DNP(2 4-Dinitrophenol)CAS 51-28-5 Pharmaceutical Raw Material
Losing Weight Steroids
DNP / 2, 4-Dinitrophenol
Sensitive: Light Sensitive
Appearance: Light yellow to yellow crystals. Soluble in ethanol,
benzene, chloroform and ether, dissolved in lye, slightly soluble
in cold water.
Usage: Weight loss drug.
Packing: foil bag or tin.
Payment: Bank Transfer, Western Union, Money Gram
Express: EMS, DHL, FedEx, etc(door-to-door)
Delivery: Safe & timely, around 1-3 days after payment
2,4-Dinitrophenol is used in the manufacture of dyes, wood
preservatives, and as a pesticide. The acute (short-term) effects
of 2,4-dinitrophenol in humans through oral exposure are nausea,
vomiting, sweating, dizziness, headaches, and loss of weight.
Chronic (long-term) oral exposure to 2,4-dinitrophenol in humans
has resulted in the formation of cataracts and skin lesions, weight
loss, and has caused effects on the bone marrow, central nervous
system (CNS), and cardiovascular system. Limited or no information
is available on the developmental, reproductive, or carcinogenic
effects of 2,4-dinitrophenol in humans. EPA has not classified
2,4-dinitrophenol for carcinogenicity.
2,4-Dinitrophenol (2,4-DNP, or simply DNP) is an organic compound
with the formula HOC6H3(NO2)2. It is a yellow, crystalline solid
that has a sweet, musty odor. It sublimes, is volatile with steam,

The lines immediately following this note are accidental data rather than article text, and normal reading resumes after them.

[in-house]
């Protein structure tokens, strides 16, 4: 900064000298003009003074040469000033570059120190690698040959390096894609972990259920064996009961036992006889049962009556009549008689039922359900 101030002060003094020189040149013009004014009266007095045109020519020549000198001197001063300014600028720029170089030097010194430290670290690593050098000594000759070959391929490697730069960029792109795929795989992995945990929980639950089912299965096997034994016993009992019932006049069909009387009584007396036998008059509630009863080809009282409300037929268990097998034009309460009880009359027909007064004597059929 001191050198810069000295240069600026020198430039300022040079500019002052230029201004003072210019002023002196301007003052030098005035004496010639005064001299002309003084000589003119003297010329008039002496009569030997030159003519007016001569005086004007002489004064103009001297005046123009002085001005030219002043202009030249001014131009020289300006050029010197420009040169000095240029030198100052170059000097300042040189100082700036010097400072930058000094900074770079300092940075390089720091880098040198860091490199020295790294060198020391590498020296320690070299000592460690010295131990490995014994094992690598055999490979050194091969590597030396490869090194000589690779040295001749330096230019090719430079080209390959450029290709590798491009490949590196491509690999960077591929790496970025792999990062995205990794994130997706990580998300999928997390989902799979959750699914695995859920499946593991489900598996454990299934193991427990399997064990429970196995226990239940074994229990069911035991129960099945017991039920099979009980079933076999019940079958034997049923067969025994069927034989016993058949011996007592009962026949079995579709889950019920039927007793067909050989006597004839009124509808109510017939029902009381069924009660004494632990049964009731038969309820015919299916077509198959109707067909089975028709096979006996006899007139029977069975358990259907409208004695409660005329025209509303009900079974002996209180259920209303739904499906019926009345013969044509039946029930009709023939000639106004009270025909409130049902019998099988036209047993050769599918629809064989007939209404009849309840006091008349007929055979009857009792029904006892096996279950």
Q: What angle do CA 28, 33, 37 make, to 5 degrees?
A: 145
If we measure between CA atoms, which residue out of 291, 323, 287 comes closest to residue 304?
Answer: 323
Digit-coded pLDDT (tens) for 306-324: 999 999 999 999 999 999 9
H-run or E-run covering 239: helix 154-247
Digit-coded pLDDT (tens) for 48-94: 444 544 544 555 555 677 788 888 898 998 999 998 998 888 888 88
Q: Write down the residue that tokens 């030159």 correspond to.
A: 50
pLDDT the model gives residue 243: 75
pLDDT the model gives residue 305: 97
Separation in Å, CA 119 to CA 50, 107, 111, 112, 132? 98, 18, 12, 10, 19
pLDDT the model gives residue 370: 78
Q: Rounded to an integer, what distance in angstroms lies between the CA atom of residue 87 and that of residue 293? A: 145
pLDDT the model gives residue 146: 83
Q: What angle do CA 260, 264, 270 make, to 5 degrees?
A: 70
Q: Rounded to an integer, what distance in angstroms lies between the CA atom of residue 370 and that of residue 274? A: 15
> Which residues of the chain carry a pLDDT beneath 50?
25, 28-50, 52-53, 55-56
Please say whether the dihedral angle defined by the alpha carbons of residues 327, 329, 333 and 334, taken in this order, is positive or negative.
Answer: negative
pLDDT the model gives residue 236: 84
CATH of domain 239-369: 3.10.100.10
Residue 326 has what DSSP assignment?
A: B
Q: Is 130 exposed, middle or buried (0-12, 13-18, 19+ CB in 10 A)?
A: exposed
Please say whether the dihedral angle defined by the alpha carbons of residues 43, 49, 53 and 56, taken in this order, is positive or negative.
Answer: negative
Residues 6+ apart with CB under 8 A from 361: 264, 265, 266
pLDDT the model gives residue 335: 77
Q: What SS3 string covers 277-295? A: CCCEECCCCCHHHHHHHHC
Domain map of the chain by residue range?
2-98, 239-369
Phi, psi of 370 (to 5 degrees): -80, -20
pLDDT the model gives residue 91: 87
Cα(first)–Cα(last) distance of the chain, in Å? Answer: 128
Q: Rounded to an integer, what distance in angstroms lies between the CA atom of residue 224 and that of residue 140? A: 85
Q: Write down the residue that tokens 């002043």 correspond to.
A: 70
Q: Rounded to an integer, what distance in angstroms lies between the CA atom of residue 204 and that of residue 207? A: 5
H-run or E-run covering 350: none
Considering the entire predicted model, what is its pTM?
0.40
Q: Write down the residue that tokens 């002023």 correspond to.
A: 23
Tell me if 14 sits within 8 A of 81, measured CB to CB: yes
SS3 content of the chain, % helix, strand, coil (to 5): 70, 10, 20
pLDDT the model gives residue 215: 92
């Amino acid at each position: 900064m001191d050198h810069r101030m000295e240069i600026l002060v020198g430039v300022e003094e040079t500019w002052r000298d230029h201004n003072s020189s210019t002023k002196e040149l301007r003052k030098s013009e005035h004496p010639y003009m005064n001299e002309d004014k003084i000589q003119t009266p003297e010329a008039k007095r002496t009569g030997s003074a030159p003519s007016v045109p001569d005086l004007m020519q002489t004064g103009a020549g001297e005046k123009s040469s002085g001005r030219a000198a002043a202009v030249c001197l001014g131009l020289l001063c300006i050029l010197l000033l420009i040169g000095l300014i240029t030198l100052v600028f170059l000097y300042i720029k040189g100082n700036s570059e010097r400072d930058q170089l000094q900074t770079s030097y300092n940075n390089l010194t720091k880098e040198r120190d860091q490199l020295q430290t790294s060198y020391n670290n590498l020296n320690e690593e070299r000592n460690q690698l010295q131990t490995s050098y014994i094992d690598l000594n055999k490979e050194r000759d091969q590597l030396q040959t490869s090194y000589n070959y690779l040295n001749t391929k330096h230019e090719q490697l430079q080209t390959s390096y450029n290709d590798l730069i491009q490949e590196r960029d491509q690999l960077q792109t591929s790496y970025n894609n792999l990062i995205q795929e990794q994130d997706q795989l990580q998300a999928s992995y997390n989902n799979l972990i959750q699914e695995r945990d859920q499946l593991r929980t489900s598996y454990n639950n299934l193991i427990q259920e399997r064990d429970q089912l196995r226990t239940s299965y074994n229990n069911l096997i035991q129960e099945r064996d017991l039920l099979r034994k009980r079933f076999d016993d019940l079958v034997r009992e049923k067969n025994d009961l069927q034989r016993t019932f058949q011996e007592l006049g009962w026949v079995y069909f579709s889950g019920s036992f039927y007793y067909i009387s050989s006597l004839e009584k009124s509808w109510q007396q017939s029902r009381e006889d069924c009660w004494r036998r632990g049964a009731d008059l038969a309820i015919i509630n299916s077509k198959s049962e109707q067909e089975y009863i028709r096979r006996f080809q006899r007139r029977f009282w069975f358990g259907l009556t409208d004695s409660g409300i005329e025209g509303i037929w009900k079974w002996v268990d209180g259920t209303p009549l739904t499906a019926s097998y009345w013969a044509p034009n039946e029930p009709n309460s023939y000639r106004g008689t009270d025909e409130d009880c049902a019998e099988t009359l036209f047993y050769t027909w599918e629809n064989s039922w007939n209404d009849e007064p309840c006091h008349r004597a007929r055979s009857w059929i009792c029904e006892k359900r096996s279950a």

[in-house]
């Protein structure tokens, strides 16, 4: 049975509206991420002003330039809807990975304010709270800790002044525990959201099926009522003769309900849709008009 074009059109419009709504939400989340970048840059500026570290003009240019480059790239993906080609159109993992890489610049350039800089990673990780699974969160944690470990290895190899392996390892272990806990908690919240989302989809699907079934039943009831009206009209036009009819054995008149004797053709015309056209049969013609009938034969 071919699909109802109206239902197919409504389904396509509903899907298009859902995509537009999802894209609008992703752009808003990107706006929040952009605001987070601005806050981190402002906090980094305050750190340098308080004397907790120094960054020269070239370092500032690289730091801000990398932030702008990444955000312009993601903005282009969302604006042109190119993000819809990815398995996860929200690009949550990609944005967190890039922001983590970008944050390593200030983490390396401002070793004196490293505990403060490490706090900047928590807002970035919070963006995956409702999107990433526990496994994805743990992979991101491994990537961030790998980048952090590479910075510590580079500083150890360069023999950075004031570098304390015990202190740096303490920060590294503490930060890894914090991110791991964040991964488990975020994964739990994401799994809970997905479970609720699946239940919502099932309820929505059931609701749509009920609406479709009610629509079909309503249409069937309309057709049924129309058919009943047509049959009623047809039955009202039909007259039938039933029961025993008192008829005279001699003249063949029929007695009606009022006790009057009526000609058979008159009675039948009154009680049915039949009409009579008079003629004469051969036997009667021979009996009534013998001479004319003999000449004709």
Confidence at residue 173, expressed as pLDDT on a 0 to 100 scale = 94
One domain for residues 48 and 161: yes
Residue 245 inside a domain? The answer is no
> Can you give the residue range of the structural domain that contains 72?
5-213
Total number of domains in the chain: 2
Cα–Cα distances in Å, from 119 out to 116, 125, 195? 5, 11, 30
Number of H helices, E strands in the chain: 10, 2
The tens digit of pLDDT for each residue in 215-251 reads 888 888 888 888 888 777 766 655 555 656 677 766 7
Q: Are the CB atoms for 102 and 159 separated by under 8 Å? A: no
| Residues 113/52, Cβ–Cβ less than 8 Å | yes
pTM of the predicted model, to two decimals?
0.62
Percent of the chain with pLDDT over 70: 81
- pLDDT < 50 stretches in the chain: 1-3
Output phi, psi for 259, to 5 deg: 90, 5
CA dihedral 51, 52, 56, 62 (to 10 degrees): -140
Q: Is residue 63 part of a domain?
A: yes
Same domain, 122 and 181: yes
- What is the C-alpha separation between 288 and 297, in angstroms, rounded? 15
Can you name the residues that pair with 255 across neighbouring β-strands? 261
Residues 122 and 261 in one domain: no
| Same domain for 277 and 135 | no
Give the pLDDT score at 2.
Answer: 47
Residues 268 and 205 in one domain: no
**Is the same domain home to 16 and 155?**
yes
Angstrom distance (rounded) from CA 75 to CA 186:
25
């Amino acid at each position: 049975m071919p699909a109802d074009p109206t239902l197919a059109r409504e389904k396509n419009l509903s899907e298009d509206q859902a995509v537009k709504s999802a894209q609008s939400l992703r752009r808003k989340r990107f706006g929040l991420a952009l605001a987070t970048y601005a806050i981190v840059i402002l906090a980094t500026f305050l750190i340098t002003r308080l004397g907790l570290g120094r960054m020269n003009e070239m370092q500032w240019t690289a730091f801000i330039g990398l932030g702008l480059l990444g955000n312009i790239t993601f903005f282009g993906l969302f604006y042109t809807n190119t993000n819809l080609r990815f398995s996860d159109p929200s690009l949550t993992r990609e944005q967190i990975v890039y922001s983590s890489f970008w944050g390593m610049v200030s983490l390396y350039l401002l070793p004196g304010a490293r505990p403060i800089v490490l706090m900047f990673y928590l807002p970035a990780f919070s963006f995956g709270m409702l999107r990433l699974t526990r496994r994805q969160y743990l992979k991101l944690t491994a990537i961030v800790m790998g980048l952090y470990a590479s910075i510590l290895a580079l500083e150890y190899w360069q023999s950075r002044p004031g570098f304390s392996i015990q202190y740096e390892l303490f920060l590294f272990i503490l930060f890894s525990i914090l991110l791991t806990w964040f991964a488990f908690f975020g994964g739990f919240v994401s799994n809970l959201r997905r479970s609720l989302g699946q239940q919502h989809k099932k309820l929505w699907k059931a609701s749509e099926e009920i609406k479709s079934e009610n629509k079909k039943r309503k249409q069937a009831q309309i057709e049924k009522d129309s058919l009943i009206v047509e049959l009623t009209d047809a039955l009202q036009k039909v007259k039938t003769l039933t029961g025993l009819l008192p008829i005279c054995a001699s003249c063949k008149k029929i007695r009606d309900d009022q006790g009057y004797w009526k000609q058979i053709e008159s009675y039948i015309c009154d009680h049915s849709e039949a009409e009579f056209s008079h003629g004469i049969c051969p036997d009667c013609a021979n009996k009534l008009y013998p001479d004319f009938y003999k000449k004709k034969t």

and is soluble in most organic solvents as well as aqueous alkaline
solutions. It is a precursor to other chemicals and is
biochemically active, inhibiting energy (ATP) production in cells
with mitochondria and was once used as a diet aid. It is produced
by hydrolysis of 2,4-dinitrochlorobenzene.
DNP was used extensively in diet pills from 1933 to 1938 after
Cutting and Tainter at Stanford University made their first report
on the drug's ability to greatly increase metabolic rate. After
only its first year on the market Tainter estimated that probably
at least 100,000 persons had been treated with DNP in the United
States, in addition to many others abroad. DNP acts as a
protonophore, allowing protons to leak across the inner
mitochondrial membrane and thus bypass ATP synthase. This makes ATP
energy production less efficient. In effect, part of the energy
that is normally produced from cellular respiration is wasted as
heat. The inefficiency is proportional to the dose of DNP that is
taken. As the dose increases and energy production is made more
inefficient, metabolic rate increases (and more fat is burned) in
order to compensate for the inefficiency and meet energy demands.
DNP is probably the best known agent for uncoupling oxidative
phosphorylation. The production or "phosphorylation" of ATP by ATP
synthase gets disconnected or "uncoupled" from oxidation.
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